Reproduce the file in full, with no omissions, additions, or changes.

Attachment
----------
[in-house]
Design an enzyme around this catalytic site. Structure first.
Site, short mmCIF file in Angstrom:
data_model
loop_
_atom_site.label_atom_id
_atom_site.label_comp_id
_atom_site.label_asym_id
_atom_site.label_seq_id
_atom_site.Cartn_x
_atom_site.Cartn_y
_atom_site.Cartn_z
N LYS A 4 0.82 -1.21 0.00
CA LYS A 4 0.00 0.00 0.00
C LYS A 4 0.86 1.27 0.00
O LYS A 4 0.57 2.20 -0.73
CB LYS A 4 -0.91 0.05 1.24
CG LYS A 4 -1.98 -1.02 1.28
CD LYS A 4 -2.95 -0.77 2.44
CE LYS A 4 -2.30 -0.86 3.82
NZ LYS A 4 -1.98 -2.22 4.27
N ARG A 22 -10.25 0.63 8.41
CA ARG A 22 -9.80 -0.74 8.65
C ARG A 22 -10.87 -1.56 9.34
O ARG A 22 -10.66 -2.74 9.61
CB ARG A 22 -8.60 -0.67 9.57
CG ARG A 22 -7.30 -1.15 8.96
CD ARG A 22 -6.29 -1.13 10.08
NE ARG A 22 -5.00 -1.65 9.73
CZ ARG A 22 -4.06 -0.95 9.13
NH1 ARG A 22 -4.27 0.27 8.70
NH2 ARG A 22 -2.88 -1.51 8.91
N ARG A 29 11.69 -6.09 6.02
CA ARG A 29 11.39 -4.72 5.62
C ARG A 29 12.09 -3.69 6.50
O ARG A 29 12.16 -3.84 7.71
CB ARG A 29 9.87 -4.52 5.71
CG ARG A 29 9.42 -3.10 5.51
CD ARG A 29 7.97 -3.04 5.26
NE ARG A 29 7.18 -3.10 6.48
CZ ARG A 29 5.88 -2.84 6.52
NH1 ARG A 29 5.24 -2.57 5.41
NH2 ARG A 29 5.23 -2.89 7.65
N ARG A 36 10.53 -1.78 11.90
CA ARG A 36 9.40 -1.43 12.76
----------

[in-house]
Design an enzyme around this catalytic site. Structure first.
Site, short mmCIF file in Angstrom:
data_model
loop_
_atom_site.label_atom_id
_atom_site.label_comp_id
_atom_site.label_asym_id
_atom_site.label_seq_id
_atom_site.Cartn_x
_atom_site.Cartn_y
_atom_site.Cartn_z
N LYS A 4 0.82 -1.21 0.00
CA LYS A 4 0.00 0.00 0.00
C LYS A 4 0.86 1.27 0.00
O LYS A 4 0.57 2.20 -0.73
CB LYS A 4 -0.91 0.05 1.24
CG LYS A 4 -1.98 -1.02 1.28
CD LYS A 4 -2.95 -0.77 2.44
CE LYS A 4 -2.30 -0.86 3.82
NZ LYS A 4 -1.98 -2.22 4.27
N ARG A 22 -10.25 0.63 8.41
CA ARG A 22 -9.80 -0.74 8.65
C ARG A 22 -10.87 -1.56 9.34
O ARG A 22 -10.66 -2.74 9.61
CB ARG A 22 -8.60 -0.67 9.57
CG ARG A 22 -7.30 -1.15 8.96
CD ARG A 22 -6.29 -1.13 10.08
NE ARG A 22 -5.00 -1.65 9.73
CZ ARG A 22 -4.06 -0.95 9.13
NH1 ARG A 22 -4.27 0.27 8.70
NH2 ARG A 22 -2.88 -1.51 8.91
N ARG A 29 11.69 -6.09 6.02
CA ARG A 29 11.39 -4.72 5.62
C ARG A 29 12.09 -3.69 6.50
O ARG A 29 12.16 -3.84 7.71
CB ARG A 29 9.87 -4.52 5.71
CG ARG A 29 9.42 -3.10 5.51
CD ARG A 29 7.97 -3.04 5.26
NE ARG A 29 7.18 -3.10 6.48
CZ ARG A 29 5.88 -2.84 6.52
NH1 ARG A 29 5.24 -2.57 5.41
NH2 ARG A 29 5.23 -2.89 7.65
N ARG A 36 10.53 -1.78 11.90
CA ARG A 36 9.40 -1.43 12.76